- Have you ever felt that you are lacking of power in your amplifier?
- Have you got stuck because your existing amplifier has nostalgic value?
- Have you thought of upgrading but still like the tone of your current amplifier?
- Have you imagined that what would happen if you have a couple of Watts more?
- Have you ever liked a speaker so much but it is too difficult to drive for your existing amplifier that you liked so much too?
- Have you imagined what a supercharged 45, 2A3, 50, 300B, or any low power direct heated tube would sound like?
We have heard of pre-amplifier, power amplifier, integrated amplifier, and various amplifiers. Supercharger amplifier is a rare term, isn't it?
This is not something new but it is not that common in tube amplifier world. A supercharger amplifier is THE power amplifier for integrated and power amplifiers -> power power amplifier? LOL... That would be funny, right? Therefore, supercharger amplifier or turbo amplifier will be a better term to use.
What it does is to boost the power of the existing amplifier by manifolds! What one needs to do is to connect the speaker output of the current / existing amplifier (yes, the speaker output to the supercharger amplifier, and the outputs of the supercharger amplifier are connected to the speakers. The picture above shows how it is connected. Simple isn't it?
Some might ask, why can't I take a high power amplifier in the market, and connect it in such a way? Well, unless it is designed to work this way (like Musical Fidelity 550K Supercharger), most amplifiers aren't destined to work this way. The powered output from the existing amplifier would have overloaded the input stage of the high power amplifier and fried the amplifier. Also, there would be redundancy in the amplifier since the high power amplifier would have their own pre/driver stage to properly drive the power stage into full power. We would miss all the goodies (tonality, character, and etc) that the existing power amplifier would bring too.
What we need is a supercharger amplifier that does not have the pre/driver stage, that could make full use of the goodies brought over from the existing high quality amplifier - direct drive, with honest transfer of the characteristics from the source lower power amplifier to the supercharger amplifier! In order to do so, the best possible way would be to introduce a high inter-power-stage transformer with a high step up factor to produce the signal drive required by the supercharger amplifier with a direct power stage.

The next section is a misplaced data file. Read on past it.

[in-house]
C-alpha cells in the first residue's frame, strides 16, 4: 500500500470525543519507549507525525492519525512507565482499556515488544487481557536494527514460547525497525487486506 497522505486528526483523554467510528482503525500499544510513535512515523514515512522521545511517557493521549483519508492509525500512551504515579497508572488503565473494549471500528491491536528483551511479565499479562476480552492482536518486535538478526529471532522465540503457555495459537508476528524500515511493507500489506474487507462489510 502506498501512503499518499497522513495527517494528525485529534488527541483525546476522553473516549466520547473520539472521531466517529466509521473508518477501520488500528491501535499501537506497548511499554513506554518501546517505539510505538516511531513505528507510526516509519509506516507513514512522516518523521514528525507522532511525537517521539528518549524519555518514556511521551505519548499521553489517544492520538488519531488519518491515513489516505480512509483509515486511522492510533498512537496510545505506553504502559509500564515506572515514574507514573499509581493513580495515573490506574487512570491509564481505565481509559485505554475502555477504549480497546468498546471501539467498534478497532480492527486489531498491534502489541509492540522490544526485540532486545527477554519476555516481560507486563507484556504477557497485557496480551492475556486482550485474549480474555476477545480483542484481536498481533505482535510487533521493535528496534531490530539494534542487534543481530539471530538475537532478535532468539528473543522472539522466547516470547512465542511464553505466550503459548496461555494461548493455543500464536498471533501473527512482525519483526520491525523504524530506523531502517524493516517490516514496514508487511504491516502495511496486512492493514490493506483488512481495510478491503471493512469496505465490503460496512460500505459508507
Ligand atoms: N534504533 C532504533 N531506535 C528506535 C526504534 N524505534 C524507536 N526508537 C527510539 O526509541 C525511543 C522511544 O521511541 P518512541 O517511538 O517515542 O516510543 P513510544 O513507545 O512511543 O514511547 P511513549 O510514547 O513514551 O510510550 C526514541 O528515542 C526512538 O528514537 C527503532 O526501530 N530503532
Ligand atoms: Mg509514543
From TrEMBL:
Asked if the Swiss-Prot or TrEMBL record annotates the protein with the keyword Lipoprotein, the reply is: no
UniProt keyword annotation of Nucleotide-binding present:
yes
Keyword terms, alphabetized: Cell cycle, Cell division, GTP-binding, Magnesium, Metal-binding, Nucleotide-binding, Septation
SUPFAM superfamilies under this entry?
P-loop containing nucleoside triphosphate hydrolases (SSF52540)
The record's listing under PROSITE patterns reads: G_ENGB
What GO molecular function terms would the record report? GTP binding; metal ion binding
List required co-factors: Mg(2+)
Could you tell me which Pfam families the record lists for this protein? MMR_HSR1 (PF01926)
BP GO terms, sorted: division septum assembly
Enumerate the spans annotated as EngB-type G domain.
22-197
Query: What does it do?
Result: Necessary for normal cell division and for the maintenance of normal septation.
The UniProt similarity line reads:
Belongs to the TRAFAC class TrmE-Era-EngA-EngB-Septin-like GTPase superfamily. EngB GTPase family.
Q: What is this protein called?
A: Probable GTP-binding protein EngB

One might ask, can I connect an ordinary output transformer in reverse to do so? Yes, you can! It will work, but not optimally! The gain might not be right. The design of the output transformer is not suited for power to voltage conversion too. Ordinary output transformer converts high impedance to low impedance as a means of power transfer. The inter-power-stage (IPS in short) transformer is for voltage amplification.
The secondary reflected to primary distributed capacitance will affect/change the distributed capacitance and the inductive resonance of the transformer. As output transformer secondary is always low impedance, the resonance will be attenuated by the load (therefore output transformer secondary must always be connected to a load).
For IPS, the secondary of the transformer is always appeared to be open or at high impedance due to being connected to tube grid and grid leak resistor. With that, the resonance is fully reflected to the primary. This will have negative impact on the operation of the amplifier and therefore is not recommended to use ordinary output transformer as IPS. Of course there is a way to design an output transformer that can work as an IPS but this is something of a compromise and is not recommended.
Some others might ask, can I use an ordinary step-up transformer to do the job? Yes, you can, if the step-up transformer is designed for this task - if it is with sufficient core size to handle the high signal level, and with heavier gauge cables to handle the current.
Above is a famous direct coupled Loftin White 2A3 amplifier. Needless to say, it is a great sounding amplifier. The only drawback is the limited output power to drive common speakers. What we can do here is to use a supercharger amplifier to boost the output power to a decent 40W-50W level, such as using the famous 212 tubes, be it NOS, or from new manufacturers. The supercharger amplifier is designed with very minimum components, and therefore it posses the least character or coloration of its' own, and is much cheaper & simpler to manufacture too. Of course, other power tubes like 211, 845, 833 and such can be used too with great results.
Where can we get these IPT (inter-power-stage) transformers to build/design the Supercharger Amplifier? Good new is, J&K has it, and we are offering it as our Level 2 and Level 3 custom made models for IPT. Sorry, we cannot do it at Level 0 or Level 1 for now due to the complexity involved, and the effort we spent to develop these IPT. Here are the prices in matched pair, rated at 10W power handling.
Level 2 IPT - U$590 (for driving 211, 212 and less demanding tubes)
Level 2 IPT - U$790 (for driving 845, 833 and high demanding tubes)
Level 3 IPT (1:5 step-up) - U$1090
Level 3 IPT (1:10 step-up) - U$1490
Level 3 IPT (1:20 step-up) - U$2290
Now isn't this a GREAT news?
For those that wants a fully built system, please email us for more details and quotation.
One warning for the users though - remember this rule - garbage in, garbage out. All the shortcomings or all the greatness of the existing amplifier will be amplified manifolds with such design topology.
J&K Audio Design